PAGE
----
Hairy Marron

Posted on Nov 23, 2014


AquaticBiodiversityHairy Marron

The Hairy Marron (Cherax tenuimanus) also known as the Margaret River Hairy Marron, is a large freshwater crayfish that grow to more than 38cm in length. They are one of the largest freshwater crayfish species in the world. The hairy marron has tufts of hairlike setae on the carapace and other body surfaces, giving it its name.

Conservation Status

The Hairy Marron is listed as critically endangered due to its very restricted geographical distribution with an estimated extent of occurrence of 50km of the Margaret River.

Habitat and Life Cycle

It is mainly found in the upper reaches of the Margaret River which are found in state forest. It is absent from the heavily degraded middle reaches and extremely rare in the lower reaches of the river (or now possibly extinct from these lower reaches). Long term studies of the marron show a decline in the range and abundance of this species. The hairy marron prefers sandy areas, particularly where detritus (organic matter) accumulates, and requires in-stream structural diversity for protection.

Threats

The main identified threats to the hairy marron are competition from smooth marron and changes to the middle and lower reaches of the Margaret River. The smooth marron was introduced to the Margaret River in the early to mid-1980s and rapidly displaced the hairy marron. The river has been greatly modified with reduced water quality and changed flow regimes. The main potential threats to the hairy marron are fishing and hydrological changes due to local anthropological impacts.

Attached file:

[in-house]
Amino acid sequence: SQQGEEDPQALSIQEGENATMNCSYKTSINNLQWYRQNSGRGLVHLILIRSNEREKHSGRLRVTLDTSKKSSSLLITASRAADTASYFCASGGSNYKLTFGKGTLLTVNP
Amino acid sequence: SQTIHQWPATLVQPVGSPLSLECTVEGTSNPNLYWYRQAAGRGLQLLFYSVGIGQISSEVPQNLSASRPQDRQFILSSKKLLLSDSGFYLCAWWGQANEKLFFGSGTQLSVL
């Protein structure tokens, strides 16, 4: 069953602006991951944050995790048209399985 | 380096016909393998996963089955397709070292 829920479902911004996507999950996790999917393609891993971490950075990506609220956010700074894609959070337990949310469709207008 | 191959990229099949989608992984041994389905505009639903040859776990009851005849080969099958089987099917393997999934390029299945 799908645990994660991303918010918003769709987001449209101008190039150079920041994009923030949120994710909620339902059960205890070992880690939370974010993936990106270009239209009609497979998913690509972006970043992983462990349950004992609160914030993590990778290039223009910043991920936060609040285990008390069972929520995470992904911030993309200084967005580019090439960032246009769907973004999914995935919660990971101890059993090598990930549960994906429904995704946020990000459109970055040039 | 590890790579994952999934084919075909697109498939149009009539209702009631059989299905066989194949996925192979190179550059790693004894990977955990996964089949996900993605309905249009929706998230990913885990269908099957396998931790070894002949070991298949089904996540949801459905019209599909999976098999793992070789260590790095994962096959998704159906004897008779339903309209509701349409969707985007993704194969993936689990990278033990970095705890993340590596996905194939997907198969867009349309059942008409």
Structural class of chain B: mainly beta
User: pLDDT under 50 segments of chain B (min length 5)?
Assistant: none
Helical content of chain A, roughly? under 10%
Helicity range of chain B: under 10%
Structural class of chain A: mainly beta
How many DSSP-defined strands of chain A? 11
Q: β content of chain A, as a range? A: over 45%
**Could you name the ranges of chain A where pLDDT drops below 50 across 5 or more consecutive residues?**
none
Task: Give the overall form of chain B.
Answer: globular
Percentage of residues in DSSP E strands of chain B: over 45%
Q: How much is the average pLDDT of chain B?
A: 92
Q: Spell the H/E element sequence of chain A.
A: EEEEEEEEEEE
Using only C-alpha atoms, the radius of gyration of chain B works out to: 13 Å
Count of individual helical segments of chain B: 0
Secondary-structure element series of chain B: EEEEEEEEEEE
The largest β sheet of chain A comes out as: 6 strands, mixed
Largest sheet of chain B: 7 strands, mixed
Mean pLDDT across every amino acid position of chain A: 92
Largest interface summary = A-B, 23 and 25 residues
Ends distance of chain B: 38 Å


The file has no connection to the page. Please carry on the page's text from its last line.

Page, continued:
SWCC Strategic Priority

The Hairy Marron is identified as a first order priority asset within SWCC’s NRM Strategy under the Aquatic Biodiversity theme.

Projects

The Cape to Cape Catchments Group are currently undertaking a project for the Hairy Marron to try and reduce numbers of the Smooth Marron in the areas where the Hairy Marron are found as well as looking at the sustainability of this action into the future. They are also doing surveys to confirm the current distribution and are working with private landholders to undertake fencing and protection of riparian areas in areas where they still may be located.

Source:

Submit a Comment

Your email address will not be published. Required fields are marked *